Local Restaurants & Ice Cream Shops Weigh Future
Since Minnesota Governor Tim Walz’s stay-at-home order went into effect March 27, businesses deemed non-essential have had to adjust. Restaurants, retailers and entertainment places have had to either lay off or furlough workers. Others closed hoping to resume operations after a short hiatus.
At Rock Elm Tavern, which has locations in Maple Grove and Plymouth, the restaurant is offering curbside pickup and prepare at home options to try to survive.
“It’s been really devastating,” said co-owner Troy Reding. “We’re doing about 20 percent of our normal sales volume.”
Reding closed the other restaurant his team owns, Holman’s Table in St. Paul. He partnered with Dawn Olson-Wallerus to open Sugar & Spice Sweetery, which is located next door to Rock Elm Tavern in Maple Grove. The Sugar & Spice Sweetery is running on reduced days open offering curbside pickup due to the pandemic.
“It’s not sustainable,” said Reding.
Wide Range of Opinions on Stay-at-Home Order
There have been a wide range of opinions on the stay-at-home order. Senate Majority Leader Paul Gazelka, the top-ranking Republican in the Minnesota Legislature, expressed opposition to the governor’s decision of extending the stay-at-home order until May 4.
Others like Kevin Roche, who runs a commentary website called the Healthy Skeptic, also offered a critical view.
“People have allowed themselves to be stampeded into taking pretty extreme measures to mitigate the spread of the virus,” said Roche.
Roche was previously assistant general counsel at Park Nicollet Medical Center and American Medical Centers and then general counsel for UnitedHealth Group. Today he provides consulting services to health care companies.
Roche says it was apparent from the early stages that the novel coronavirus was primarily going to affect a few vulnerable populations, including the elderly, people who are immunocompromised and those with chronic illnesses. The CDC website lists those at higher risk for the virus.
“So to me, from the very start you should have been looking at a range of mitigation measures,” said Roche. “You should have been analyzing the potential economic and other effects of each of those measures and coming up with a package that in a more balanced way tried to protect the obviously vulnerable populations, but at the same time not do the kind of incredible damage that we have now seen to the economy here in Minnesota.”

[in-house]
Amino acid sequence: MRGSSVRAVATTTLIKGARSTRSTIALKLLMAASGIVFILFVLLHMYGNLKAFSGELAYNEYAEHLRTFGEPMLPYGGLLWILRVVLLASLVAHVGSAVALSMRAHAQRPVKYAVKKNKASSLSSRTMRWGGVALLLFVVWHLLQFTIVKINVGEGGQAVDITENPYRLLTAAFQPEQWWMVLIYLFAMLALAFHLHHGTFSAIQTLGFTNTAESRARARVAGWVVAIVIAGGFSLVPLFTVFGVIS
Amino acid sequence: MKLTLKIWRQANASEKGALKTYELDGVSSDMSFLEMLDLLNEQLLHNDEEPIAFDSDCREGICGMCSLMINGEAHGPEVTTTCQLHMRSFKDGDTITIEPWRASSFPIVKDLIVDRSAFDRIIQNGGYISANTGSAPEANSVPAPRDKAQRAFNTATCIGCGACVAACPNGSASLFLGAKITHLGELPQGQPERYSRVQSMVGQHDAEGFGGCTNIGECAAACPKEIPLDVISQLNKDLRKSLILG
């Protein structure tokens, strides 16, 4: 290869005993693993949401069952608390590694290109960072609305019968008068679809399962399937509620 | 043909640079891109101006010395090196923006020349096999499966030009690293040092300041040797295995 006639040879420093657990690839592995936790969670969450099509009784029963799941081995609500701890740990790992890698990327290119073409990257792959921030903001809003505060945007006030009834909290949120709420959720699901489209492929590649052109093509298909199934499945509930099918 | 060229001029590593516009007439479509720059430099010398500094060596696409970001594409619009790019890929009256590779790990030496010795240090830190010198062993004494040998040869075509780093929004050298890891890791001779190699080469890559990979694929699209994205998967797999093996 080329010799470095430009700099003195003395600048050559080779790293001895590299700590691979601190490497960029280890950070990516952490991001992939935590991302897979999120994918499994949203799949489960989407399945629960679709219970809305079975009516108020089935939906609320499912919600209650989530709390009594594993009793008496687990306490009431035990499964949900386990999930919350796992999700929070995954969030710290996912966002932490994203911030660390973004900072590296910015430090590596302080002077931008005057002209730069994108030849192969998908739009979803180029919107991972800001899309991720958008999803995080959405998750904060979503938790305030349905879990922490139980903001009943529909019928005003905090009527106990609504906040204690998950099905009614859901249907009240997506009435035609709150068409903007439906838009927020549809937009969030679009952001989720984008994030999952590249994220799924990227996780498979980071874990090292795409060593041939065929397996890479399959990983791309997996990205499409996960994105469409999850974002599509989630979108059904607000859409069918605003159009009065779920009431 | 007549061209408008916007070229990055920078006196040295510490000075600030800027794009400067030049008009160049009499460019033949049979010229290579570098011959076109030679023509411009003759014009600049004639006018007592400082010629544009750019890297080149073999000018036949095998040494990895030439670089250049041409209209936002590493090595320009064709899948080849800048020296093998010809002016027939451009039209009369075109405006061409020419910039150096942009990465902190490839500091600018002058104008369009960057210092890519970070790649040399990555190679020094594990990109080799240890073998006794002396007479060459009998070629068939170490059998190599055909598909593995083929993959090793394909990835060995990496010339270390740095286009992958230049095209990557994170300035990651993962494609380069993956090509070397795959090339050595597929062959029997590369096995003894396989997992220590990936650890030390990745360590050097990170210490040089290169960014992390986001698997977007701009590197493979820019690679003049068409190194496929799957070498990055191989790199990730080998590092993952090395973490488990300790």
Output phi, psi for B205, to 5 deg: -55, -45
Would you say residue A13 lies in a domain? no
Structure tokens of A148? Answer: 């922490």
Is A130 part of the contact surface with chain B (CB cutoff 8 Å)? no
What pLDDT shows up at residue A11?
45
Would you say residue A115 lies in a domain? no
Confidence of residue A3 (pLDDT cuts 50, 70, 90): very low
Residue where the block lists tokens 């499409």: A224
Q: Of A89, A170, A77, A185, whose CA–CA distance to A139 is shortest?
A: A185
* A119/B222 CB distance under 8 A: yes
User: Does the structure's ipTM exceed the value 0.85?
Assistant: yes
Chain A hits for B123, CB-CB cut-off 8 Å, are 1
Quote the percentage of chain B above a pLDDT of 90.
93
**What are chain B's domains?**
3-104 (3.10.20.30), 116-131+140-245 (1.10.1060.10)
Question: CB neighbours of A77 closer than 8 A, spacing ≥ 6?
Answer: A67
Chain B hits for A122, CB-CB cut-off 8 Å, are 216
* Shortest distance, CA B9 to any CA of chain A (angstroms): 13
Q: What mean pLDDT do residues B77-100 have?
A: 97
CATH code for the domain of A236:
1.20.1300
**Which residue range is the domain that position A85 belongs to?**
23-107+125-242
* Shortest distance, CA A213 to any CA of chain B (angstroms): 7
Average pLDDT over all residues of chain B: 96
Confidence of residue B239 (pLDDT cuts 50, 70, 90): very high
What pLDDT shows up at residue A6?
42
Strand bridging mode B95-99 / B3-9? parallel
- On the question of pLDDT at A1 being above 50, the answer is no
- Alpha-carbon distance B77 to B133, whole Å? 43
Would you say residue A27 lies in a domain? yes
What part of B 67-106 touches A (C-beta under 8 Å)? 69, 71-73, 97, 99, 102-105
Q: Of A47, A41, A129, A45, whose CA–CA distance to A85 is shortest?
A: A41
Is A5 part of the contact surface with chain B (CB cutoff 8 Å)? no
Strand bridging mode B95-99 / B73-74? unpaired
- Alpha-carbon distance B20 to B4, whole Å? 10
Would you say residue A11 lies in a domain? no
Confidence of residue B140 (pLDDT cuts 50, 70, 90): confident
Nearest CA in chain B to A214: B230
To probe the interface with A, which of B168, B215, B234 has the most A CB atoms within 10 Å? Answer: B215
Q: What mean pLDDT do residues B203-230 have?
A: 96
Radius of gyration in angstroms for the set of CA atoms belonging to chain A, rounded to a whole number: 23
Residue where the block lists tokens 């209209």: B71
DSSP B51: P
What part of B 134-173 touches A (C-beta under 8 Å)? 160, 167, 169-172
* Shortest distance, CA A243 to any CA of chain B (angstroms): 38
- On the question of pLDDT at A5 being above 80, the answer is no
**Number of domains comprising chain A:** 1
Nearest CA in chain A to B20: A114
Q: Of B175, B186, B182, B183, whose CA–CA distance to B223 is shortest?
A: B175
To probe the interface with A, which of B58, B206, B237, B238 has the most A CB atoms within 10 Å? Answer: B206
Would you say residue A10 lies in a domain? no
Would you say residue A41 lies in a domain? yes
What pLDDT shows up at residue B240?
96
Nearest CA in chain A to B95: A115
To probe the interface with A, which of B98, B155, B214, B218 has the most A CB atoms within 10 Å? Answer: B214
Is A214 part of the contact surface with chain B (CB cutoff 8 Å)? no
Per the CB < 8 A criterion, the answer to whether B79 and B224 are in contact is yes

However, the Minnesota Medical Association released a statement that it and more than a dozen medical societies in the state “strongly support” Walz’s stay-at-home action. Other large business groups, including the Minnesota Chamber of Commerce, gave broad support calling it “a measured approach that keeps key industries functioning while curbing the spread of the coronavirus.”
Stay-at-Home Still Difficult
Honey and Mackie’s, an ice cream shop in Plymouth, was looking forward to celebrating its seventh year in business this summer. Now owner Suzanne Varecka is looking for ways to just hang on.
“Ice cream shops as you know are seasonal. We do 80-90 percent of our business from May until August. And so not being able to have the density, or the number of people coming through will significantly hurt us in the long run,” said Varecka.
Mike Kinnan, owner of The Lookout Bar and Grill in Maple Grove, says he’s had to lay off 100 employees.
“It’s dramatic. We have a catering company that’s totally shut down. Our concession company, which is our food trucks and stuff is totally shut down. And we’re down 93 percent here at the restaurant,” said Kinnan. “I’ve still got about 10 working doing to-go food and stuff but, not sustainable.”
The Difficult Question: When to Reopen Minnesota?
The business owners CCX News spoke with offered their views to a difficult question: should Minnesota reopen for business like some states have started to do.
“I think so. I think it’s hard on the economy. It is for sure hard on retail,” said Reding.
“I think that there are ways to do it. And I think that we as Minnesotans as a whole and our government as a whole we really need to put our minds together and figure out how to do it and do it quickly so small businesses myself and so many of my colleagues don’t end up closing in all of this,” said Varecka.
“At some point we just gotta rip the bandage off and get back to doing what we do,” said Kinnan.